Strength of a woman
In 1993 when Banyana Banyana played their first international match against Swaziland; who would have known that less than 20 years later they would join an elite class of African Women football teams representing their country in the most prestigious games in the world - The Olympics!
When I first watched Banyana Banyana play, it was live at the Sinaba Stadium in Daveyton during the African Women's Championship way back in late 2010! I was impressed with how organised the team looked and with the support of the crowd they managed to finish third, just missing out on a place at the 2011 Women's World Cup in Germany. Nigeria, the only team at that tournament with a female coach won the title, while Equatorial Guinea were second.
At the time I believed that South Africa were serious about women's football.
Then came qualification for the 2012 Olympic games. Banyana Banyana scored five past Zambia, beat Tunisia 6-5 in a penalty shootout and Ethiopia 4-1 to find themselves in London.
I was impressed; and as a Kenyan, very envious. Out of the 17 countries that played in the qualifiers for the Olympics, Kenya was no-where to be seen. Take note.
Banyana Banyana, however, were terribly exposed at the Olympic games. They didn't win a single game and scored just one goal in their three group games. A great goal, but just the one.
As I was hosting an Edition of "London Calling" on SuperSport Gold, I had the honour of interviewing Banyana striker Portia Modise; the woman who scored that wonder goal from half-way down the pitch during Banyana's 4-1 loss to Sweden at the Olympics. Portia is an amazing person who poured her heart out during the live interview. She spoke of how her wondergoal was scored out of anger because they were losing 3-0 at the time. But she also said it was an honour to just appear at the Olympics.
And then she shocked me!
She spoke of how women's football in South Africa gets very little support from the SA Football Association (Safa) at league level. She spoke of how the women's football league in South Africa was next to non-existent; that it had very few sponsors; and that unlike the boys; it was impossible for Banyana players to become fully professional as they had to have day jobs to pay the bills. She spoke of how the only time they trained professionally was when they were called up to the national team; and that the rest of the time they had to maintain their fitness without trainers.
Modise told of how the national federation and sponsors offered huge incentives for Bafana Bafana but that the same was never forthcoming for the girls.
She then spoke of how expectation for them to perform was so high without the fans and critics understanding their plight. As a fan, I understand how all we want is good results without knowing the challenges that our sports people face. Many South Africans on twitter were a little harsh asking why Banyana could not win a single game at the Olympics.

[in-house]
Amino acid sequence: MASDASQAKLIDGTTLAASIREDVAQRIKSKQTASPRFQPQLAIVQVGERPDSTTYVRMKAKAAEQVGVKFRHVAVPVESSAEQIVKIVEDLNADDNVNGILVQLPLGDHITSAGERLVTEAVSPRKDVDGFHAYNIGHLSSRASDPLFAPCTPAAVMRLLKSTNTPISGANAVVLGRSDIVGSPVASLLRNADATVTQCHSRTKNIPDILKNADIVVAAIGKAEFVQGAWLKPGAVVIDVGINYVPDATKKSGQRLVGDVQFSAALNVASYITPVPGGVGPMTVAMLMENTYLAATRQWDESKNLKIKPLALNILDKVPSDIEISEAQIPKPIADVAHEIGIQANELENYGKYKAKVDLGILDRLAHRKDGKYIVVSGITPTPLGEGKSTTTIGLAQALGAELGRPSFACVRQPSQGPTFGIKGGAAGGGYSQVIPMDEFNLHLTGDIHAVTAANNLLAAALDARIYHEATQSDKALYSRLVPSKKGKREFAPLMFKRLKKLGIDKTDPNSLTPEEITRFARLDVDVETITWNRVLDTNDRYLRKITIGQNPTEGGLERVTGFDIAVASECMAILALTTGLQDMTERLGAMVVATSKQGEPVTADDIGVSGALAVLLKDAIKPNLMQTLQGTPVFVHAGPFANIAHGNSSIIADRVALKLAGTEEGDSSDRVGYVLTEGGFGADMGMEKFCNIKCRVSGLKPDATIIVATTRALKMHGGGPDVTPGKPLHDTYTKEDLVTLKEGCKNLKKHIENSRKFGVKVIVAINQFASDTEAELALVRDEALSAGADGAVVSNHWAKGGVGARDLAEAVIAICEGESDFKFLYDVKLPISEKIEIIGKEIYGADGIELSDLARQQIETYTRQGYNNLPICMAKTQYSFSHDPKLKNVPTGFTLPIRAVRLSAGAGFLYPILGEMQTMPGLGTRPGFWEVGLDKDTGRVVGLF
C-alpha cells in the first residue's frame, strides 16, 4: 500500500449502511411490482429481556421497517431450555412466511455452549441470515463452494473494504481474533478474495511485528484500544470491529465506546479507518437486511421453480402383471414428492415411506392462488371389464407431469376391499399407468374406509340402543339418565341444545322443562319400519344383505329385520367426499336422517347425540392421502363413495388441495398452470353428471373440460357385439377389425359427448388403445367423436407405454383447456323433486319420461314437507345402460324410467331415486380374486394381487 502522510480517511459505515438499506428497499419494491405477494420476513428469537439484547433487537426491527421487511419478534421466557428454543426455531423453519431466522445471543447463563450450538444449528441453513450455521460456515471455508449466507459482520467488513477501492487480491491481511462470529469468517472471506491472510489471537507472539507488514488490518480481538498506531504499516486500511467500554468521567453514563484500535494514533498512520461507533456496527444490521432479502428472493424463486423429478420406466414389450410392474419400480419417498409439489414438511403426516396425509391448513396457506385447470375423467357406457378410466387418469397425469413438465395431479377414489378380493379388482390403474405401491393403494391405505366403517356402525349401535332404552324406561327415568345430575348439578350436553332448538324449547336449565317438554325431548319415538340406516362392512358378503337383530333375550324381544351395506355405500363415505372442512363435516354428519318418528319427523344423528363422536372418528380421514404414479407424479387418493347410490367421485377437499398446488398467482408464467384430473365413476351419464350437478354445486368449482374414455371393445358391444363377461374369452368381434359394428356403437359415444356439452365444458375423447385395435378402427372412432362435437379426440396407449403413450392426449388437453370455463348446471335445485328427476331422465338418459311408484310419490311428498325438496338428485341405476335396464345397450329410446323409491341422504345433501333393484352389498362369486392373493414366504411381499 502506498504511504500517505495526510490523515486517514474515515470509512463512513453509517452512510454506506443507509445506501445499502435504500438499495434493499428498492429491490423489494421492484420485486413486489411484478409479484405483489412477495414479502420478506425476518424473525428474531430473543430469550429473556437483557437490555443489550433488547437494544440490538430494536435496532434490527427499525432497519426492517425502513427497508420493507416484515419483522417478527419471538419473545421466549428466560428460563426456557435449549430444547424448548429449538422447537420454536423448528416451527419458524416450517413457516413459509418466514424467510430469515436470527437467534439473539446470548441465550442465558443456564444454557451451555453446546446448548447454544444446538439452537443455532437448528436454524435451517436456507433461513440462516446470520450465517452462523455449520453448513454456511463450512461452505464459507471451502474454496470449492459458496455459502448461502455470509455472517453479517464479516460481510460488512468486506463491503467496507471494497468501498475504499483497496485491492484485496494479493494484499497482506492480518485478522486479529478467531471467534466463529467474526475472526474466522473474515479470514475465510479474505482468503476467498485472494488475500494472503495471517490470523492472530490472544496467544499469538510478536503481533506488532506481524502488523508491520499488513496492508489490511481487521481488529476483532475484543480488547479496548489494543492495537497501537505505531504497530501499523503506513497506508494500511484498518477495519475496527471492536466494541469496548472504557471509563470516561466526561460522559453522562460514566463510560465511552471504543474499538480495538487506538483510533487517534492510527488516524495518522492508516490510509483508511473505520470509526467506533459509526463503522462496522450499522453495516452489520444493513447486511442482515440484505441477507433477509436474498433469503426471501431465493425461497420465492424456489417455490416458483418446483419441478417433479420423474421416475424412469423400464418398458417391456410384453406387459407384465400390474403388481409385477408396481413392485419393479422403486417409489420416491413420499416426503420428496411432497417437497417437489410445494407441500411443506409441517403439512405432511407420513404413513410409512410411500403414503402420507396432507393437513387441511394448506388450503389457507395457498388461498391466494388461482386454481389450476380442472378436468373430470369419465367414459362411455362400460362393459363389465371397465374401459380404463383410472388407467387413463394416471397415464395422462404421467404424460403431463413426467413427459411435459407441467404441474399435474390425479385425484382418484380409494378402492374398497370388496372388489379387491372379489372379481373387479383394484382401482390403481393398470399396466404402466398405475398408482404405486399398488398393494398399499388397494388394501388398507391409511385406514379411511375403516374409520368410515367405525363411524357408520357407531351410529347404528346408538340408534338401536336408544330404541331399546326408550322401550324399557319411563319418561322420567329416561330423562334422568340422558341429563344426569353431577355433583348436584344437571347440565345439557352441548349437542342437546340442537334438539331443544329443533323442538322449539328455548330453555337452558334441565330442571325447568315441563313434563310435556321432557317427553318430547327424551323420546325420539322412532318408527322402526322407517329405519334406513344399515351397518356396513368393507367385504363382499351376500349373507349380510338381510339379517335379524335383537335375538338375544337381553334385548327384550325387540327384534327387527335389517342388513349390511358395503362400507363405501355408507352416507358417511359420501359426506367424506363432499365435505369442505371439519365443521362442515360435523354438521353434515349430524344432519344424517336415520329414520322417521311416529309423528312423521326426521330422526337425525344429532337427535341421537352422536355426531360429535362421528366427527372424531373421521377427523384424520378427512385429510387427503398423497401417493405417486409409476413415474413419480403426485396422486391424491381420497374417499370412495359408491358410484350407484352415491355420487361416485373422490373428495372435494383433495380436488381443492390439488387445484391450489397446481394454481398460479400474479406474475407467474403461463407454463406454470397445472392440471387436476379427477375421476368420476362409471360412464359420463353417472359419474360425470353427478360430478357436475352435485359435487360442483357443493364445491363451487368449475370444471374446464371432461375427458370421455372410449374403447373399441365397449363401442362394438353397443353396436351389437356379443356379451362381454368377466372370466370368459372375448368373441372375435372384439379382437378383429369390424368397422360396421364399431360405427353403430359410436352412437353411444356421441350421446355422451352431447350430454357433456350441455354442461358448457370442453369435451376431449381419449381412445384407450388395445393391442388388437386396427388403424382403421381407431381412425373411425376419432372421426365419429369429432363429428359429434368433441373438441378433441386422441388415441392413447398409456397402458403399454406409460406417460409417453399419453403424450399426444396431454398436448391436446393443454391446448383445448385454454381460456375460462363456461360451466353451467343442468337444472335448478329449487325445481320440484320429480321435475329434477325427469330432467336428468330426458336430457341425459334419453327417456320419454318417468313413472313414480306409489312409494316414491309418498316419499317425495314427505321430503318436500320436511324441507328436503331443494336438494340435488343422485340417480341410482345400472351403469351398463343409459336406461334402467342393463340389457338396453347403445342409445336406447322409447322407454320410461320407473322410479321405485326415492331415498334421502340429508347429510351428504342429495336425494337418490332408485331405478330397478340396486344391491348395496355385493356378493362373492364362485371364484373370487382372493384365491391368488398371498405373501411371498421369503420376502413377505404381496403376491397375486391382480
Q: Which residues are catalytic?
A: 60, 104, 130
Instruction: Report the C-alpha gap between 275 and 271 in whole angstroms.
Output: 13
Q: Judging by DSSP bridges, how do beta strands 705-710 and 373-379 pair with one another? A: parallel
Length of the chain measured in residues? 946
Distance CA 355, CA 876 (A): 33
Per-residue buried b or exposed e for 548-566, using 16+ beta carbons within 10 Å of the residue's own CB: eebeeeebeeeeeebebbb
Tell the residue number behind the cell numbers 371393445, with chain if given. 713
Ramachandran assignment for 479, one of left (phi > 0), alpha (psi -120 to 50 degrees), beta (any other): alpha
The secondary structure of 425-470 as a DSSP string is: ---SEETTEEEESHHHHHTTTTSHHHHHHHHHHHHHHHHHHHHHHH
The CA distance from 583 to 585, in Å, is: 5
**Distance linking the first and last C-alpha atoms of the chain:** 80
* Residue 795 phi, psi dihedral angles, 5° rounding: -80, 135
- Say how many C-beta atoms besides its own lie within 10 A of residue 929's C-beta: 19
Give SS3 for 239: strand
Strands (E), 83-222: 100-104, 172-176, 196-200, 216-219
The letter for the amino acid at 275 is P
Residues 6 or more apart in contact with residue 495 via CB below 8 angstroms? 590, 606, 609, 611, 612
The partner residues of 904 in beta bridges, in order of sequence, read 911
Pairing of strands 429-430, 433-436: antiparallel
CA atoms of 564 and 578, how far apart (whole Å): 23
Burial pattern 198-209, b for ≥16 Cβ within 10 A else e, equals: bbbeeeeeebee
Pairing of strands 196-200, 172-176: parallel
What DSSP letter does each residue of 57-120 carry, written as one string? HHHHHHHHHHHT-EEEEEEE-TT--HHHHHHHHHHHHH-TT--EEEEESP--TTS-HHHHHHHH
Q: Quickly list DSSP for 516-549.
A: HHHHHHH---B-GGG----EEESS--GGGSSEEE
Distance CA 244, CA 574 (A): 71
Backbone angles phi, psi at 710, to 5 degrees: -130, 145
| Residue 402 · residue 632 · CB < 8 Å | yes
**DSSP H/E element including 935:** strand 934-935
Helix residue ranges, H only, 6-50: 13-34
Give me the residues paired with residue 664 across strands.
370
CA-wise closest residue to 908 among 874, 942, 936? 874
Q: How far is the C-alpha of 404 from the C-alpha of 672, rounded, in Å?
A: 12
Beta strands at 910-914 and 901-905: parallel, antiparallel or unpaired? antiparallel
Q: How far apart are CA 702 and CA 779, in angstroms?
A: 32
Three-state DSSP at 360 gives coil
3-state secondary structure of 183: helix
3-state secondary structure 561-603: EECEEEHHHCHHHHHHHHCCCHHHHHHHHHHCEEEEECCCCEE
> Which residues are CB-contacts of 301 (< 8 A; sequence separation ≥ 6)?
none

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I agreed with Modise when she said that drawing nil nil with world champions Japan was an achievment. It's like Harambee Stars drawing 0-0 with Spain. Yes!
She then poured her heart out on live TV telling me how the team played and always plays with their hearts. The girls love the game and they love their country and everytime they step onto the pitch, they forget all their behind-the-scenes issues and focus on making their citizens proud.
I was amazed and disappointed at their football fathers. In recent years Banyana have been more successful internationally than Bafana, but it's the spirit of the girls that drive them.
I also felt a little ashamed. Yes more needs to be done around Africa for women's football to grow and compete with the best in the world. As respected SA football analyst Farouk Khan said on "London Calling" three weeks ago, most countries in Europe, Asia and the Americas have solid leagues for their women; and until we do the same in Africa, we'll never compete. But perhaps we could emulate what Banyana are doing and at least get our feet off the ground with or without the officials. At least for now as we campaign for support. In Kenya we whine a bit too much and always want someone else to "fix" things.
Watching Banyana play on the international scene, I would never have guessed what challenges they go through as players. As an outsider looking in; everything looked pretty rosy and organised. And now; despite them not winning a game a the Olympics, I take my hat off to them!
At some point sponsors and more support from their federation to form a formidable women's league is needed for growth to happen; and at some point, our federation will need to step in and take control of a women's league in Kenya; but right now, I just want them to fix Harambee Stars.
Its sad too that Fifa does not give National federations any money for the dvelopment of women's football and our government doesn't seem to detect a need for a budget there either.
I hope the "powers that be" in South Africa were watching "London Calling" on that Women's Day morning; and I hope they'll come forward and take our continental stars to the next level.
Not all countries can achieve what Banyana Banyana has achieved given their challenges; but I hope their story can inspire Kenyan women footballers to stand up and be counted!